The M. surinamensis apoprotein has a monomeric molecular weight of 34,206 Da and a predicted pI of 7.93, using the Expasy Compute pI/MW tool. The coralsnake enzymes have masses only slightly higher than the 33,500 predicted for the Deinagkistrodon enzyme (Huang et al., 1988). The Micrurus sequences contain three potential N-glycosylation sites (NKSL, position 125; NGSI, position 214; NRSI, position 274), based upon results obtained using the Expasy NetNGlyc 1.0 Server (http://www.cbs.dtu.dk/services/NetNGlyc/). The first, which is common to elapid and crotalid sequences alike (Fig. 1), has the highest likelihood of being glycosylated, although it may not be since venom NADases lack signal peptides. Nonetheless, Huang et al. (1988) reported a carbohydrate content of about 33% for the Deinagkistrodon NADase, so it seems likely that at least the NKSL at position 125 is N-glycosylated. Based upon analysis with the Expasy NetOGlyc server, there are no probable O-glycosylation sites (Steentoft et al., 2013).
Higher-level structural attributes of vertebrate NADases
Human CD38 is an ecto-enzyme with a long, helical membrane anchor and an intracellular N-terminal segment believed to be a random coil (Malavasi et al., 1992; Prasad et al., 1996; Lee, 2006) (Fig. 2). In addition to its enzymatic activity, CD38 also transduces signals to the cytoplasm. It is thought to regulate metabolism and participates in the pathogenesis of diverse maladies such as inflammation, obesity, diabetes, heart disease, asthma, and aging (Chini et al., 2018). Its enzymatic activity is involved in many of these functions. Moreover, CD38 has been identified as a cell–surface marker in multiple myeloma and other blood-related cancers (Chini et al., 2018).
In contrast, snake venom enzymes are soluble rather than membrane-bound (Tatsuki et al., 1975; Yost & Anderson, 1981), like the Aplysia ADP-ribosyl cyclase (Lee & Aarhus, 1991). While venom NADases could conceivably be membrane-bound in exosomes, they have not been reported as exosomal enzymes (Ogawa et al., 2008), and their elution on Sephadex G-100 is appropriate for soluble enzymes of ∼100 kDa rather than for exosomes (Tatsuki et al., 1975). Exosomal embedding seems further unlikely in that all of the venom NADases reported here possess a very short N-terminal α-helix and a random coil, instead of the long α-helical membrane anchor of human CD38 (Lee, 2006) (Fig. 2A). Snake venom NADase residues 45–302 superimpose almost perfectly upon the crystal structure of the soluble extracellular domain of human CD38, except for the divergent C-termini and the truncated N-termini (3F6Y_A) (Fig. 2B).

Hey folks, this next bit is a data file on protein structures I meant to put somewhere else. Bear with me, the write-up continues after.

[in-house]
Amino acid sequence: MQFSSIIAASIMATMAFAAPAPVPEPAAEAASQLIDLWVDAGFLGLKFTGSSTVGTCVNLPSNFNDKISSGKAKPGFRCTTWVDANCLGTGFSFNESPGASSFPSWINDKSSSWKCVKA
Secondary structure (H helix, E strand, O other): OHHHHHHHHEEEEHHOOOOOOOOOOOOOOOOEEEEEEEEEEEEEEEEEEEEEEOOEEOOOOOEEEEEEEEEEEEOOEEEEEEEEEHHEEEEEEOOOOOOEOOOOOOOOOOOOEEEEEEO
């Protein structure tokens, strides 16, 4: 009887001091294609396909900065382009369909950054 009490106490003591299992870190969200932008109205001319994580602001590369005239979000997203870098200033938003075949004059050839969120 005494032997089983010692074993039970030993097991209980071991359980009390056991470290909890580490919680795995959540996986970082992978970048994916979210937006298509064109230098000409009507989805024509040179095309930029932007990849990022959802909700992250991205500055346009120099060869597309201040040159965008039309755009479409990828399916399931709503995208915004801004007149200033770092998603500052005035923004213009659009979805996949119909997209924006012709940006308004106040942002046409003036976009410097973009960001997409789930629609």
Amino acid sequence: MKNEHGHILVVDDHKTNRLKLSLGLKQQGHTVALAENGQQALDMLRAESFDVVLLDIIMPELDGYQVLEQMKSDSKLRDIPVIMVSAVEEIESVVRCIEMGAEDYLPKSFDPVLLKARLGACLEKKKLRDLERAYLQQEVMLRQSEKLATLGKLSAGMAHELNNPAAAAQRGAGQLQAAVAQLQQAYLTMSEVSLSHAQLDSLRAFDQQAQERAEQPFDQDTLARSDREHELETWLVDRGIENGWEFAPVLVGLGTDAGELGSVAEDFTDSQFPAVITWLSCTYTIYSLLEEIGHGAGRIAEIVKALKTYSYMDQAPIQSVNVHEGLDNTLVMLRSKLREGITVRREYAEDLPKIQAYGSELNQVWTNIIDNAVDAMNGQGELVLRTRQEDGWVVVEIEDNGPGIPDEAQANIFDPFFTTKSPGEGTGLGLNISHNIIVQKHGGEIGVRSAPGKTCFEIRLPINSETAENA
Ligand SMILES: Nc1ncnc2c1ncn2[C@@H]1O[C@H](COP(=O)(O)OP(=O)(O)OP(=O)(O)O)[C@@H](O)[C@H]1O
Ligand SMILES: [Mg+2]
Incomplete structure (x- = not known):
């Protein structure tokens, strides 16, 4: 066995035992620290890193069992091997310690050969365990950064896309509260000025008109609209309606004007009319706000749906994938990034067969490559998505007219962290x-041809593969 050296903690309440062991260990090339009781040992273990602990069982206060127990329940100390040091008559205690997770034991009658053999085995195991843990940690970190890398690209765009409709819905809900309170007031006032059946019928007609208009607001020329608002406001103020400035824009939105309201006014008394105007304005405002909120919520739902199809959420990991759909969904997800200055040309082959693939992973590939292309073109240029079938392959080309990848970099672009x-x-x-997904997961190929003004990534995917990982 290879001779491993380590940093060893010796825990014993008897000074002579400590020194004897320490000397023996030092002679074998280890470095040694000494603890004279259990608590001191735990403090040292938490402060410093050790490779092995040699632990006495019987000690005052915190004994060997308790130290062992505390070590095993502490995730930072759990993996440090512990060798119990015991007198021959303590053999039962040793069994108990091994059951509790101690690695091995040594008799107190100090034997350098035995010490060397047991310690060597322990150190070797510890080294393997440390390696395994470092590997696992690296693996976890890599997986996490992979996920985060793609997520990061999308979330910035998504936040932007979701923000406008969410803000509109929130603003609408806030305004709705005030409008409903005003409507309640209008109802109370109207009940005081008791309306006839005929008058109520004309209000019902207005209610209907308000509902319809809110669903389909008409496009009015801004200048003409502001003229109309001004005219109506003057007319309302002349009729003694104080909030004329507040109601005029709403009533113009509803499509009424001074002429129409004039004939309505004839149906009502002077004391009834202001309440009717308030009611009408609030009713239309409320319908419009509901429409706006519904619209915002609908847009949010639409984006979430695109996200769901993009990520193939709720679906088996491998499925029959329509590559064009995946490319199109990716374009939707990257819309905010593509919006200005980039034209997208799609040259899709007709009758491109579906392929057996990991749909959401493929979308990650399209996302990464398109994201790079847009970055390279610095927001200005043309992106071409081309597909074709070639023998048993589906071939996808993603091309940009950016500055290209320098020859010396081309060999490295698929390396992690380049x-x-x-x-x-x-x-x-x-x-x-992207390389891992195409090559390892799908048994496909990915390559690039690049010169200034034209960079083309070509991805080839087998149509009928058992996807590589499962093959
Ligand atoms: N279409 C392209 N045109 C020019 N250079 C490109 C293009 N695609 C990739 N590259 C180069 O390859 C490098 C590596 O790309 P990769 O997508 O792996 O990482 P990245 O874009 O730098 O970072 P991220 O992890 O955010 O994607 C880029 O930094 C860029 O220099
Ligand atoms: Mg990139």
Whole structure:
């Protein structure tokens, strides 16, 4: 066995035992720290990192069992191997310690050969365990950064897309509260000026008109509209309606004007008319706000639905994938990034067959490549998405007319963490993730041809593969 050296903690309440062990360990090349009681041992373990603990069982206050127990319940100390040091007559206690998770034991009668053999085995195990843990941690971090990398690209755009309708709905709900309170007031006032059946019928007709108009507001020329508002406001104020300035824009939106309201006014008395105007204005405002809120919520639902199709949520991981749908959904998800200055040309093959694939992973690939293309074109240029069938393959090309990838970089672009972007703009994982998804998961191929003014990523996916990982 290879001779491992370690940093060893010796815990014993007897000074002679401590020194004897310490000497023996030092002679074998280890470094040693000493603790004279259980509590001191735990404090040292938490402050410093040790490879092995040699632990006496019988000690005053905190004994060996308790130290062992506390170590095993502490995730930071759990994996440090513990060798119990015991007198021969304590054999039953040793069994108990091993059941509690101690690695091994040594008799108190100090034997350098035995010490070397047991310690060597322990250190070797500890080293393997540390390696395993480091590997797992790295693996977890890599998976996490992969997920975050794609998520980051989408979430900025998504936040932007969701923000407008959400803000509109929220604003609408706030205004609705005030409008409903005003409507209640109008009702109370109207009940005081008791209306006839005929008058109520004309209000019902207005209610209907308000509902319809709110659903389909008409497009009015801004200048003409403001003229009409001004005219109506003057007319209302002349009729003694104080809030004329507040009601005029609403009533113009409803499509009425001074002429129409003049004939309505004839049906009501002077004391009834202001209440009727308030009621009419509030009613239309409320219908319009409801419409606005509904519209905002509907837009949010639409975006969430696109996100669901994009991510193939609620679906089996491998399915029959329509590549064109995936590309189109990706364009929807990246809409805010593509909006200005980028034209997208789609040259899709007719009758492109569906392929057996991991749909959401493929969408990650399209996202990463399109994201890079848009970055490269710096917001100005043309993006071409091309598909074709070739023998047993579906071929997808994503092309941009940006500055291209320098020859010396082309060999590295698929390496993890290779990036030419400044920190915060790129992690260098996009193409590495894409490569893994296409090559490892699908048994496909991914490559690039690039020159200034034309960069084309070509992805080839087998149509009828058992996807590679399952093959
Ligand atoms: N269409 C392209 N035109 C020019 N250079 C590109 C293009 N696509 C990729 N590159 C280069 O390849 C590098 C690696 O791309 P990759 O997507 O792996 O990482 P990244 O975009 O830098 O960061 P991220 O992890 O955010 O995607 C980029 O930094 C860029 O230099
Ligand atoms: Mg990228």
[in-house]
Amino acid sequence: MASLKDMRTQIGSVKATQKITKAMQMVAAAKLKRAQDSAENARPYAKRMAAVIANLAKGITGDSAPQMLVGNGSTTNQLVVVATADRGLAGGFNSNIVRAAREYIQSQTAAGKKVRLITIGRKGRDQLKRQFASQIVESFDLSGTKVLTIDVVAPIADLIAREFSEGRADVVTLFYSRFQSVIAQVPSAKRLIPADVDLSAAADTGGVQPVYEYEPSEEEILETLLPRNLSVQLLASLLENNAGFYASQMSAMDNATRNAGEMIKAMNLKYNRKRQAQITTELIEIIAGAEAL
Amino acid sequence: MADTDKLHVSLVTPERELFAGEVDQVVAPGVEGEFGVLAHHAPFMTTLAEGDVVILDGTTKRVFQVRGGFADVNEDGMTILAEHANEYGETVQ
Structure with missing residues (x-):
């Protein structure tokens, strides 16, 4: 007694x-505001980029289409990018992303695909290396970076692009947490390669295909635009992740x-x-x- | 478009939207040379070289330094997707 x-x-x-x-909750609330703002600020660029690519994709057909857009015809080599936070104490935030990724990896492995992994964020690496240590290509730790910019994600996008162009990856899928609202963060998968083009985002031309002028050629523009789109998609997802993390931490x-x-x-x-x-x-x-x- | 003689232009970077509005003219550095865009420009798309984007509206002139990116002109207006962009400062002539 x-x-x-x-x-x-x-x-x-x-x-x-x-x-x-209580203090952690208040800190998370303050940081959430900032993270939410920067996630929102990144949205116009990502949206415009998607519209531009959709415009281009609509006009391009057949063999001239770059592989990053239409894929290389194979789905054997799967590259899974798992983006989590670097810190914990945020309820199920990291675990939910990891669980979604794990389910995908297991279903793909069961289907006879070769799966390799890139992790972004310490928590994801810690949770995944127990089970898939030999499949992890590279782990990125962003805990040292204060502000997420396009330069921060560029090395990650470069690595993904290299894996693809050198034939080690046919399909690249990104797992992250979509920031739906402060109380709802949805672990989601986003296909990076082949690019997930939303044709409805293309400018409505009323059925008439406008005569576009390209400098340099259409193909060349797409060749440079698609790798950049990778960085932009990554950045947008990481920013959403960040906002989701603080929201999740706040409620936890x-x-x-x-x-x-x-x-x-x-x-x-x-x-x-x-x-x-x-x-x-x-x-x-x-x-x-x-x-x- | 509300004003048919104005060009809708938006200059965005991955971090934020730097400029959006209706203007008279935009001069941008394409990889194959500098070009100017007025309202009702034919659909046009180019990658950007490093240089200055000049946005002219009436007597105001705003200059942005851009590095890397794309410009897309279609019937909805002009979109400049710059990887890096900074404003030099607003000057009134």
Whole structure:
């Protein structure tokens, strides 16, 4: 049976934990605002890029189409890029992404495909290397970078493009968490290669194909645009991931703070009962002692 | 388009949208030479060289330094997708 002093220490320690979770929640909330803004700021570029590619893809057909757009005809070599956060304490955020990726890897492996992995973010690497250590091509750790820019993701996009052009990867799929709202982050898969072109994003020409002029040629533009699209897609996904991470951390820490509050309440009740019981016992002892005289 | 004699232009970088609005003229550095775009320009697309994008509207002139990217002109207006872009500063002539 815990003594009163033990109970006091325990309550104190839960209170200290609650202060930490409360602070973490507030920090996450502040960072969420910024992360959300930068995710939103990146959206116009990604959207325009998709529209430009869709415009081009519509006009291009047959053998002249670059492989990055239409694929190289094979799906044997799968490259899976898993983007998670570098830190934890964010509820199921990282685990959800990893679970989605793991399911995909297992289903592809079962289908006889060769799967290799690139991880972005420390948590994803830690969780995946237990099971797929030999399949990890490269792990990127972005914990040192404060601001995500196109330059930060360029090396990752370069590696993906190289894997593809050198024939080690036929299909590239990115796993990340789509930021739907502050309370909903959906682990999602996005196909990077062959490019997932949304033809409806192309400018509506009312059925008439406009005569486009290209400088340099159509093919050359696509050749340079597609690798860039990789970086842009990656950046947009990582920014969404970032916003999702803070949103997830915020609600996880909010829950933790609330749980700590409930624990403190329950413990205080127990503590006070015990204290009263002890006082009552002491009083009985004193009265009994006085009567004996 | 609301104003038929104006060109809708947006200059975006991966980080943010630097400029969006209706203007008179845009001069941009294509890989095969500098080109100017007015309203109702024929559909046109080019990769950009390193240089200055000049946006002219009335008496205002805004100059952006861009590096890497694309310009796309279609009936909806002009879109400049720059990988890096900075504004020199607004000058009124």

Yost & Anderson (1981) found that the Bungarus NADase is a homodimer with a dimeric mass of 125–130 kDa, and a subunit mass of 62 kDa on reducing SDS-PAGE. Huang et al. (1988) reported slightly lower values of 98 kDa and 50 kDa for the Deinagkistrodon enzyme, but apparently employed non-reducing SDS-PAGE, suggesting that the homodimer in that taxon is non-covalent. Interestingly, our Micrurus sequences have 12 cysteine residues, arranged in the 3D structure in a manner consistent with 6 disulfide bonds (C68–C84; C101–C181; C121–C202; C162–C175; C256–C277; C289–C298) (Fig. 2) (Egea et al., 2012), coinciding exactly with the disulfide bonds in CD38 (Fig. 2C); however, the two Protobothrops sequences both have a 13th cysteine in the penultimate position (C-terminus), such that the Protobothrops enzymes could be covalent homodimers (Fig. 1).
The N-terminal 50 residues of the M. surinamensis NADase are slightly hydrophobic, with a Gravy score of 0.142, while the N-terminal 50 residues of human CD38 (BAA18966.1) have a significantly more hydrophobic Gravy score of 0.710. As a result, the soluble venom enzymes appear to have a slightly more compact N-terminal domain than human CD38 (Fig. 2D).
Many invertebrate and vertebrate enzymes exhibiting NADase activity are multifunctional, not only hydrolyzing β-NAD(P)+ to nicotinamide and ADP-ribose, but also exhibiting ADP- and GDP-ribosyl cyclase, and cADPR/cGDPR hydrolase activities (Howard et al., 1993; Lee, Graeff & Walseth, 1997; Ziegler et al., 1997; Ziegler, Jorcke & Schweiger, 1997; Augustin, Muller-Steffner & Schuber, 2000; Ferrero et al., 2014). However, unlike ADP-ribosyl cyclase, human CD38 converts very little β-NAD to cADPR (Lee, 2006).